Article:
I was barely out of middle school so I didn’t know what say to a girl alone in my room. But that’s what the Maxwell was for. I didn’t know what to say to let her know I was smooth and mature (I wasn’t), but in my testosterone-infected mind playing Maxwell would.

I was at that age where I was trying to assert my individuality by distinguish my identity form everyone else’s. You may not get this unless you’re from the South, but listening to Maxwell in high school is definitely breaking away from the status quo. But most importantly, I really liked the CD.  It was a proxy for my nascent romantic notions that I had no chance of putting into words. So Embrya was not only the stand in for the game I didn’t have, but also the feelings I couldn’t express and the part of me she could accept and relate to.  

And that is exactly what music is for guys at that age, a voice for the changing emotions we’re socialized not to express and a projection of ourselves. In a lot of ways we define ourselves through our music. My teenage angst and anemic exhibitions of aggression found a voice in NWA, 2pac, Eminem and Metallica. The Goth kids used the conveniently nomenclatured genre of Goth music to express their estrangement from the mainstream and discontent with conformism. My sense of introspection and reflection found homes in Talib, CL smooth, Bach and Playa Fly. And these weren’t necessarily voices that had to be shared with other people, it was mostly about making sense of those feelings myself.

Later on when I talked to my then girlfriend about us vibing over the Maxwell she enjoyed the experience of me sharing something I liked with her more than the music itself. It’s not that she didn’t like it, (the CD or music in general) it just wasn’t THAT deep to her.  It made sense now that I knew her better.  She never really had problems expressing the emotional aspect of her being because society provided her (and other girls/women) plenty of outlets to do so.  By the time high school rolled around she was pretty familiar with her emotional landscape, I was like a Quaker visiting Vegas for the first time. The bright lights just didn’t move her.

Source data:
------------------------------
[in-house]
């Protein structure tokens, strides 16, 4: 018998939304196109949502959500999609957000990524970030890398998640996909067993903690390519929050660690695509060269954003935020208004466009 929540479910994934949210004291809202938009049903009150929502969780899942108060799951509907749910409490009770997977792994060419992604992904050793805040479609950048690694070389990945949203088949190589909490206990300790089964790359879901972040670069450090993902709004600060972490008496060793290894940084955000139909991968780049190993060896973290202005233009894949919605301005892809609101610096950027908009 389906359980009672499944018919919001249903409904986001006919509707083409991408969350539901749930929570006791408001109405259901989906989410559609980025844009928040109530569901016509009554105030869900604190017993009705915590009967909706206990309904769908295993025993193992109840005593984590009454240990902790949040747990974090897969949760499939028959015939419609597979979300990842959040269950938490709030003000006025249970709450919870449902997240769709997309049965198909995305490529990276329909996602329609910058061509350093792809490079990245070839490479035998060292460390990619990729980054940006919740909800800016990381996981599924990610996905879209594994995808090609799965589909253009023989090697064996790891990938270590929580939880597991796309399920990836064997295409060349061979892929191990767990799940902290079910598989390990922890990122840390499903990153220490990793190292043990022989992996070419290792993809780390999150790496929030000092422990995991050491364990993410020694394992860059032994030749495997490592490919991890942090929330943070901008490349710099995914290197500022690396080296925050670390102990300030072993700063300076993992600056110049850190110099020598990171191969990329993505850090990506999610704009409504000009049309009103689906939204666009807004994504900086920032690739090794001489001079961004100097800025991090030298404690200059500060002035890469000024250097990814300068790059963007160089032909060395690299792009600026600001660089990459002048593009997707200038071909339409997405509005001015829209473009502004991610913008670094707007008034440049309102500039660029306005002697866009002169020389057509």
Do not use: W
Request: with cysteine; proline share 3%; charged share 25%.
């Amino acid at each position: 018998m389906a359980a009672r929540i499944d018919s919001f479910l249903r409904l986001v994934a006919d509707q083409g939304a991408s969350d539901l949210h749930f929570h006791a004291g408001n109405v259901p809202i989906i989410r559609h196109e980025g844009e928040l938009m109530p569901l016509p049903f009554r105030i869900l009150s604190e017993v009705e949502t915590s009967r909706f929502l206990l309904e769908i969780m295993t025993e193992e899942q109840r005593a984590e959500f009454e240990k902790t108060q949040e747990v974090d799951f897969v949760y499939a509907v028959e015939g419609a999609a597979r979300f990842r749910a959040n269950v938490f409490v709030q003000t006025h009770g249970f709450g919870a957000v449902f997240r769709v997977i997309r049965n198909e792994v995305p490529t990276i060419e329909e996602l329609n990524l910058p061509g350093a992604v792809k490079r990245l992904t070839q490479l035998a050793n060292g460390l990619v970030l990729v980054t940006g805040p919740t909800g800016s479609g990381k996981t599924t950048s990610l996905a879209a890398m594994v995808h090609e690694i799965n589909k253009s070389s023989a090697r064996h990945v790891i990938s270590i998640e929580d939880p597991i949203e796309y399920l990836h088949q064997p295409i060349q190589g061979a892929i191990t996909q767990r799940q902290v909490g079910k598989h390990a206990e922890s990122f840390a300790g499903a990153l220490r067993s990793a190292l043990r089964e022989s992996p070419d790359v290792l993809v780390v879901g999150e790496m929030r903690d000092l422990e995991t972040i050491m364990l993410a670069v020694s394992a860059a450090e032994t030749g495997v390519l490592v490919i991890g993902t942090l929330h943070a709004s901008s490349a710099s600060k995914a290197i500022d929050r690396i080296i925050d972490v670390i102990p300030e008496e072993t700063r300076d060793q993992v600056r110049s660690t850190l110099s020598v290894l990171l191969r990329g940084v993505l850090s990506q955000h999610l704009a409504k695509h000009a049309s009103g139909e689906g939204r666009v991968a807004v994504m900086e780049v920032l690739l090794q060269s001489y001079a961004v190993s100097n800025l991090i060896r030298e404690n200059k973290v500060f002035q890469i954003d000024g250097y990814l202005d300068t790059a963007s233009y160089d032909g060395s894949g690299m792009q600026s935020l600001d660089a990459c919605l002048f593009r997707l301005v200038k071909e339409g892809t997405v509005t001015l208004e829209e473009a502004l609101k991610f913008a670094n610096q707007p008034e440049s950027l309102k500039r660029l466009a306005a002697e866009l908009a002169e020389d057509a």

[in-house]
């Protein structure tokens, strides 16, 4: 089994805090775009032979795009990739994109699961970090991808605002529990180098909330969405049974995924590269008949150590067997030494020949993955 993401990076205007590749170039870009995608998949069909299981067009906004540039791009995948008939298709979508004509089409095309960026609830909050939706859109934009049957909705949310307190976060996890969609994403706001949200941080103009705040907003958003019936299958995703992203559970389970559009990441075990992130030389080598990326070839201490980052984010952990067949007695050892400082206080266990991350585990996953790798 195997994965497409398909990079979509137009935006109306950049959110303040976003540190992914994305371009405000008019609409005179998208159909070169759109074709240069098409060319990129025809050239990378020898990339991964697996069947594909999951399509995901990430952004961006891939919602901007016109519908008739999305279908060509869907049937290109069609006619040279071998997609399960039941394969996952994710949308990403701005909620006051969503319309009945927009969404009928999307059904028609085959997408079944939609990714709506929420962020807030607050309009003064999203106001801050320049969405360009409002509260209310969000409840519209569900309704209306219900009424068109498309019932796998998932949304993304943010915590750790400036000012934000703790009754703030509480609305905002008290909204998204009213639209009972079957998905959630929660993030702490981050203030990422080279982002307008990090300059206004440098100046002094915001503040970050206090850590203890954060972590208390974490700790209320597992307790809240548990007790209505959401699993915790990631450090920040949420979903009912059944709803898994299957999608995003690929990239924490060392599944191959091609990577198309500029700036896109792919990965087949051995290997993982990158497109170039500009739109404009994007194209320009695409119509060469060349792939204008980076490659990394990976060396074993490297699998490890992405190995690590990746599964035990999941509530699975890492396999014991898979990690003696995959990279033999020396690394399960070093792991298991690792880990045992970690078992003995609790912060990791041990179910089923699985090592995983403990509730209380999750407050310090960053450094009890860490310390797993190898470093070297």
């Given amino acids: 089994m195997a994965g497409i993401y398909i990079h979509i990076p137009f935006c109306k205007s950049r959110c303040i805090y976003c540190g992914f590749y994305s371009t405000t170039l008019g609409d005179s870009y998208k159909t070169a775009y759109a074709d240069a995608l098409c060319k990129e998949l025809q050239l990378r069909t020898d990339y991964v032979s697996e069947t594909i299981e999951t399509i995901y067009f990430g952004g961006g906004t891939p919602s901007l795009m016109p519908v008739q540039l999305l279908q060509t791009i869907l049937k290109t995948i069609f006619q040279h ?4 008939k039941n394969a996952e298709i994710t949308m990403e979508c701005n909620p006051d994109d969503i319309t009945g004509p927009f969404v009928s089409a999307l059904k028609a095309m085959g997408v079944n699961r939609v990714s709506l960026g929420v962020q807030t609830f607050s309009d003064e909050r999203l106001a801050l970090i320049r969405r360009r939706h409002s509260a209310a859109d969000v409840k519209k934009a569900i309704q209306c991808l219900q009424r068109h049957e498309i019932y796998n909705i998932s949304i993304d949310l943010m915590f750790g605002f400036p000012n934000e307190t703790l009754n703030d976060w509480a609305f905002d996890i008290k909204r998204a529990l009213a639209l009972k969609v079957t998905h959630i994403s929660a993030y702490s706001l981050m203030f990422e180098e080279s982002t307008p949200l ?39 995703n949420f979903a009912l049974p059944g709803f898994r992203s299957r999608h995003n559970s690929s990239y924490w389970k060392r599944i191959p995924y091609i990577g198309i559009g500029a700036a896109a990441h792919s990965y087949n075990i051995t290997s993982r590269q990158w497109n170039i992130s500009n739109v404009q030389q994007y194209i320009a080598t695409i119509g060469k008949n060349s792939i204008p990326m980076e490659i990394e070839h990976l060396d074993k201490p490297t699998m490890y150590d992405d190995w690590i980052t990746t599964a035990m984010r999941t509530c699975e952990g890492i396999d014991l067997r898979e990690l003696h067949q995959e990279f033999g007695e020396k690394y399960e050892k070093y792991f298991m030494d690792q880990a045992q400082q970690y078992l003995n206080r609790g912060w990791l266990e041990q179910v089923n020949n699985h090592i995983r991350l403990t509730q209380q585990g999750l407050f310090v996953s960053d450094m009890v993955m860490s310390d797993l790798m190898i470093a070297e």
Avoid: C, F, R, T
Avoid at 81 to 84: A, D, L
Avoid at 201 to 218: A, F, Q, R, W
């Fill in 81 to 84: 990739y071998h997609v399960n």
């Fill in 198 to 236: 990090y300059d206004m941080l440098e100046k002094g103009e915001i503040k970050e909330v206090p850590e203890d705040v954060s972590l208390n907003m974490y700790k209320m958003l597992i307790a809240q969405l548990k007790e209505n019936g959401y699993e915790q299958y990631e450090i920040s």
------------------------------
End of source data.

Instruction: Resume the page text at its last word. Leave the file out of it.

So what I internalized as nearly sacred and something that helped complete me as person, she never had to because that part of her was intact and thriving. That emotional wholeness is probably why she (and women in general), just like music, served and continues to serve as a medium to the under-excavated part of who I am.

So the reason men try so hard to make absolute something so subjective as music is because it truly is personal.  It’s human nature to substantiate anything that makes up a part of your identity, even if it is subjective.  Go to a church or a sporting event in any part of the world to see what I’m talking about.  Or just ask a 35-year-old man about his hairline.

And that brings us back to my friend/girl that reminds me a lot of my high school girlfriend.  That conversation we had about music that night helped me realize something else about our relationship.  Friendship between men and women is anything but objective or cut and dry.  For the reasons I gave above, I talk about the parameters and conditions of our friendship in absolutes, just like I do with music.

I’m still trying to work out what that means though.

 —Medium Meech